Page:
5. Swamp Thing (DC Comics)
Let’s have some love for the Swamp Thing. Everybody’s favourite garbage monster just had his latest series cancel by DC Comics—again. The latest incarnation of Swamp Thing, which ran as part of DC’s New 52 lineup, marked the millionth time that a Swamp Thing comic book series has been brought back to life only to be canceled again. Since the character debuted in 1971, there have been five regular Swamp Thing titles and several other miniseries in between. While some people seem to love this character, he has, largely, remained a cult figure for comic book readers. Although it is worth noting that Swamp Thing has been the subject of not one but two movies, as well as a television series that aired on the USA Network in the early 1990s. The creation of comic God Alan Moore, there must be a way to properly resurrect Swamp Thing and give him legitimate storylines that will attract a wider audience. If the Incredible Hulk can sustain a series, so too should Swamp Thing.
4. Dr. Strange (Marvel Comics)
The last few years haven’t been too kind to Dr. Strange. From 2010 to 2013, the character was relegated to a supporting role in Marvel’s New Avengers title and renamed “Dr. Voodoo.” But the character has been dormant since 2013, which is “strange” given the character’s brand recognition among even casual comic book readers. Most people have, at least, a passing knowledge of Dr. Stephen Strange, a former neurosurgeon who becomes the “Sorcerer Supreme” and protects Earth from magical and mystical threats. A classic Silver Age comic character, a live-action film adaptation of the comic book is due to be released in the New Year starring Benedict Cumberbatch in the title role. So now would seem the perfect time for Marvel to cash in and relaunch this comic book title in a new, ongoing series. Who knows, a new Dr. Strange comic book series could be “magical.”
3. The New Mutants (Marvel Comics)
There aren’t enough teenaged superheroes anymore. When Marvel Comics launched in the early 1960s, almost all of their characters were teenagers—from Spider-Man to the X-Men. This only made sense, as most people who read comic books are teenagers. However, over the years, these heroes grew up and became adults, and now there are very few comic titles featuring teens as the central characters. The New Mutants, which was published by Marvel from 1983 to 1991, was great because it was about a group of teenaged Mutants who are struggling with their powers and high school. This title was resurrected by Marvel in 2004 and again in 2009 but never with the original cast or title. The relaunched books were called Academy X and the New X-Men. However, a film version of the original series was announced earlier this year, so there’s hope that we could see a proper resurrection of this comic book series in the future.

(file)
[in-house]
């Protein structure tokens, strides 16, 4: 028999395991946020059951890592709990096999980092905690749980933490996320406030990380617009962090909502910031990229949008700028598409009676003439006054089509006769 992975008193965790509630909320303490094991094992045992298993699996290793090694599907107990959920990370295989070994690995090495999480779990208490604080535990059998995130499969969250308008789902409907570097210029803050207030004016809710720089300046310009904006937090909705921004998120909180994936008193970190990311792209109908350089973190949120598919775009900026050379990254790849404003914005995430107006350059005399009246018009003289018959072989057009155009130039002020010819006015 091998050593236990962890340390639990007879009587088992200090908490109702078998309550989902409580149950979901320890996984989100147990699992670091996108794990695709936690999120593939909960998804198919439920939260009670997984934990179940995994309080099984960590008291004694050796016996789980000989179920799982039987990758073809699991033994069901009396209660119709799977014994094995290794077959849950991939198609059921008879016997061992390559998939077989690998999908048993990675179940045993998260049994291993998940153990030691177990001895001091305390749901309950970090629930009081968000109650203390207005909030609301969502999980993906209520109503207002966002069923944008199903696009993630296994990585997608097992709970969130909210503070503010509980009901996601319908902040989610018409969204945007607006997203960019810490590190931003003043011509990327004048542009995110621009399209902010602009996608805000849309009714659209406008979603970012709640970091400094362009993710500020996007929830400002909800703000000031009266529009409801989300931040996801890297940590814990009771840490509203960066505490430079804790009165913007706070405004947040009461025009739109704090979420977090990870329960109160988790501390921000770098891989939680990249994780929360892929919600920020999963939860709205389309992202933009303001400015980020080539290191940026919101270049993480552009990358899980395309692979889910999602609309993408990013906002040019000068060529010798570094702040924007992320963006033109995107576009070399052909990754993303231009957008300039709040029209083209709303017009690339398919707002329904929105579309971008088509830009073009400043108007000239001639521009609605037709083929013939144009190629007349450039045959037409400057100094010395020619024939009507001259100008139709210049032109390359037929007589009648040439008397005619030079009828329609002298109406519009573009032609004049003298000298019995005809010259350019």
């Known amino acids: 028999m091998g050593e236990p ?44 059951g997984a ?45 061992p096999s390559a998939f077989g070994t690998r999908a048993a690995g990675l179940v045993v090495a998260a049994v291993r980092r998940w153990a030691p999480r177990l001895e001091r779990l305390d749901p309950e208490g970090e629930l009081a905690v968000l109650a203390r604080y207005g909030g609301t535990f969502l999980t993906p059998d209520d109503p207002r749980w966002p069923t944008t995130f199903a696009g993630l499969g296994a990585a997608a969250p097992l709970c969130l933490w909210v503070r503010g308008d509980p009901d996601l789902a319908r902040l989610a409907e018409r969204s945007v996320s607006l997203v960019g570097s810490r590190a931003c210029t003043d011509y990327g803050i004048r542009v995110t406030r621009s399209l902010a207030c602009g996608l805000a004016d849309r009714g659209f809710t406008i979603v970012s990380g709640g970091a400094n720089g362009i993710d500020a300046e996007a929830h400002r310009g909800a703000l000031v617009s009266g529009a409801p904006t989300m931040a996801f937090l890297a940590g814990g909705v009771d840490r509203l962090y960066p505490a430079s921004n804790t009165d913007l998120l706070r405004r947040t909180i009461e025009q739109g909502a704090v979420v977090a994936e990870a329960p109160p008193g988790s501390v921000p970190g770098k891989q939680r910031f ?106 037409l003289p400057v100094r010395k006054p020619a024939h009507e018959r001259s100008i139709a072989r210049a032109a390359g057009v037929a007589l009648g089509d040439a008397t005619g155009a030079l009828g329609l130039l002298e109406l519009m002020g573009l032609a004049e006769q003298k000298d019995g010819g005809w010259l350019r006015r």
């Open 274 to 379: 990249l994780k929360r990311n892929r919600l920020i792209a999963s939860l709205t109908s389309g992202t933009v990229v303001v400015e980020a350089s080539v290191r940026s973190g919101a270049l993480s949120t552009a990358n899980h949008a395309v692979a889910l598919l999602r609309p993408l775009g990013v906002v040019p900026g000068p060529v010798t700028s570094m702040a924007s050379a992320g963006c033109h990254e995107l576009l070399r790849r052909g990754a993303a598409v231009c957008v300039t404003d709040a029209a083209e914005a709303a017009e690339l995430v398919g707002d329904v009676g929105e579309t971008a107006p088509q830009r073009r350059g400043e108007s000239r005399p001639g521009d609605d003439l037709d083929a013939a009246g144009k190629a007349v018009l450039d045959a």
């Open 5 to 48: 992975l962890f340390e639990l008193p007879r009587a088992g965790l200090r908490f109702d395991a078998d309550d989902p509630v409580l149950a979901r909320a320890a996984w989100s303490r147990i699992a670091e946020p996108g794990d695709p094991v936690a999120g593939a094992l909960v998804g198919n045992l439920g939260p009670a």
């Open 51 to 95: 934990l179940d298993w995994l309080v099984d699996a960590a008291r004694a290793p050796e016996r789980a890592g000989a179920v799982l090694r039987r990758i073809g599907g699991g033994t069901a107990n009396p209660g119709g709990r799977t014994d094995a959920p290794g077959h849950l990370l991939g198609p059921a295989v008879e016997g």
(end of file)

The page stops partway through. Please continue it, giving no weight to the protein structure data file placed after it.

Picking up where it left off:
2. Plastic Man (DC Comics)
The character of Plastic Man is popular enough that he appeared on the cover of The New Yorker magazine in 1999. He’s also had his own cartoon series and is a perennial guest star in other comic book titles, notably the Justice League. Yet despite being around since 1941, Plastic Man has never succeeded in sustaining his own comic book series. This is a real pity. The fault lies in the tone and temperament of the character. He’s too zany. People don’t know if Plastic Man is serious or not. What’s needed here is a great writer to make this character compelling while staying true to his quirky roots and origins. While Plastic Man continues to serve as a background character in many DC miniseries and other titles, it’s time to give this guy an ongoing series again. It wouldn’t be that much of a “stretch” to do.
1. X-Factor (Marvel Comics)
X-Factor started out with a great premise—reunite the original X-Men of Cyclops, Jean Grey, Iceman, Angel and Beast. It was great. It was awesome. While the original X-Men title evolved over the years and grew into a bigger and bigger cast of different characters, here was a place for stories involving the original X-Men to continue. The problem is that X-Factor has morphed into the same situation as the X-Men series. Through different incarnations and relaunches over the years—most recently as X-Factor Investigations—the series has grown to include a revolving door of characters ranging from Quicksilver to Mystique. Time to get back to basics and resurrect the original X-Factor title and catch up with the original X-Men cast. The nostalgia “factor” would be huge and the title comes with a built-in audience. Forget everything that has happened over the past 30 years. Hit the reset button and let’s go back to a simpler, better time in comics when superheroes traveled around on ice bridges.